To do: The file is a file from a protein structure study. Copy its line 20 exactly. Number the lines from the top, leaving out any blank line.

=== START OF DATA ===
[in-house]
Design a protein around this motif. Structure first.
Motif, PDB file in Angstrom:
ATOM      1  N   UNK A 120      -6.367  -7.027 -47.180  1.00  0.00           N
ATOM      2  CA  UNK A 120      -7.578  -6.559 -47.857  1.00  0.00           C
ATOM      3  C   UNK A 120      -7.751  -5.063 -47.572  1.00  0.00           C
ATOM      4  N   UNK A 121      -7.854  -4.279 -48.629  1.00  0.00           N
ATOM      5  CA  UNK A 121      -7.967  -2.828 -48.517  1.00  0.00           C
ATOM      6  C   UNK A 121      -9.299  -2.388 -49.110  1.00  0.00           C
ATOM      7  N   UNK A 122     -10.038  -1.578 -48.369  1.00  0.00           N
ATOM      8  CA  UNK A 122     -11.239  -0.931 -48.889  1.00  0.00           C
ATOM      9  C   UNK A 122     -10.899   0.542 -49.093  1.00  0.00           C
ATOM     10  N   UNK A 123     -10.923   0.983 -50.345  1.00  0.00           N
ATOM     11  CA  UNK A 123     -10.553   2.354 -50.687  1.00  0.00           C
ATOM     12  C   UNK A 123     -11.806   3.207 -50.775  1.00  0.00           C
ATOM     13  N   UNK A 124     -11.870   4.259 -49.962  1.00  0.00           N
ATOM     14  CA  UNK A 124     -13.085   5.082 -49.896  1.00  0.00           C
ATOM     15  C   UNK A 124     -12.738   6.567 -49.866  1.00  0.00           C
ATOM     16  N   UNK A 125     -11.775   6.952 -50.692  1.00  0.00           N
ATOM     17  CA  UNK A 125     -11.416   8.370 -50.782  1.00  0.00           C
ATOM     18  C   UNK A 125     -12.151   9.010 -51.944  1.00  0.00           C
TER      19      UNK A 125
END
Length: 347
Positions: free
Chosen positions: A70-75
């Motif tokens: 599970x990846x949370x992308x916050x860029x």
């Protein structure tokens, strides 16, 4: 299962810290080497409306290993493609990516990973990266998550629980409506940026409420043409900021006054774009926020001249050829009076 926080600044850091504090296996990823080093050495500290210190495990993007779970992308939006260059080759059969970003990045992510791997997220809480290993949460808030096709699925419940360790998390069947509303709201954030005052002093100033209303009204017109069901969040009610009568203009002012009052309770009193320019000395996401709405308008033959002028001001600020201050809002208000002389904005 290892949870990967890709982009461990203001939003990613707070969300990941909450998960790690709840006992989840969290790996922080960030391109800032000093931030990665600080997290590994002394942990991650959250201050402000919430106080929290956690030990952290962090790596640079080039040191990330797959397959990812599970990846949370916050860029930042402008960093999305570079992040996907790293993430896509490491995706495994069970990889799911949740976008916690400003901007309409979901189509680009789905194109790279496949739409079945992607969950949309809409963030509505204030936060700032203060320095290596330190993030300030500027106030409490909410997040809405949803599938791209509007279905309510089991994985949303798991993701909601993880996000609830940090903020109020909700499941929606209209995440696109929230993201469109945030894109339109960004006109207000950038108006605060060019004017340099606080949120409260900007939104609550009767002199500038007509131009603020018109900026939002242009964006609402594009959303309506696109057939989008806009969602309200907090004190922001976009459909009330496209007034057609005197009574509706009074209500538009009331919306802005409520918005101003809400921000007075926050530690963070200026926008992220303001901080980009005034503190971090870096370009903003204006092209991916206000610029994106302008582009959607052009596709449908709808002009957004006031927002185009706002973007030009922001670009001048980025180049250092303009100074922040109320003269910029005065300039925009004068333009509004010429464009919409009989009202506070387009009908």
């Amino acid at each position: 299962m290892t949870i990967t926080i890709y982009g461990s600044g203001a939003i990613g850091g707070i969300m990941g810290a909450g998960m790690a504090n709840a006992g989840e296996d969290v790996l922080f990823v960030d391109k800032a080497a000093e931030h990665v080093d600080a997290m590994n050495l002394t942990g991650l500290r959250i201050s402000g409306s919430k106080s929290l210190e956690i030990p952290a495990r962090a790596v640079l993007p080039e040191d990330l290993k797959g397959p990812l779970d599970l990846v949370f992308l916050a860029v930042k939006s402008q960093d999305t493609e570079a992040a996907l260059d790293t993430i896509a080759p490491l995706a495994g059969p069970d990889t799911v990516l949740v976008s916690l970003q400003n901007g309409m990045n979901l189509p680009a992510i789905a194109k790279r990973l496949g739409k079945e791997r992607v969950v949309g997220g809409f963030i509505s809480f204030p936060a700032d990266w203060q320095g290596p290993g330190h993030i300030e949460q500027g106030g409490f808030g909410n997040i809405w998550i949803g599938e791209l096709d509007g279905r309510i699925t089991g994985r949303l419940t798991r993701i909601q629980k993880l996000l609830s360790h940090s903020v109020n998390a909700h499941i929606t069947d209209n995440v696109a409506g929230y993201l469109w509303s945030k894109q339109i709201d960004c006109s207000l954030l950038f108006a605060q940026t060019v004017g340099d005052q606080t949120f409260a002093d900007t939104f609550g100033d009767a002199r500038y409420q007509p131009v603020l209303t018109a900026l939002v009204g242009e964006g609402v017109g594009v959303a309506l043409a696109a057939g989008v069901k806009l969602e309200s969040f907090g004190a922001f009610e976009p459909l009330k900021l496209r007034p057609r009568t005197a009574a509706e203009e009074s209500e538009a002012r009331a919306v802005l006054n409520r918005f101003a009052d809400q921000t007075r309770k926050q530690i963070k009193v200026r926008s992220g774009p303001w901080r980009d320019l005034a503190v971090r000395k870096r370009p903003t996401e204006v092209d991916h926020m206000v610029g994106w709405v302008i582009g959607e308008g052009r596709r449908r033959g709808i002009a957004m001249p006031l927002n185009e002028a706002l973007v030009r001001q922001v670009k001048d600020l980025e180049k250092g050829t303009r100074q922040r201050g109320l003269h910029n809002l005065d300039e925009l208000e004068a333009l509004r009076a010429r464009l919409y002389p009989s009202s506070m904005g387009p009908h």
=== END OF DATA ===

ATOM     17  CA  UNK A 125     -11.416   8.370 -50.782  1.00  0.00           C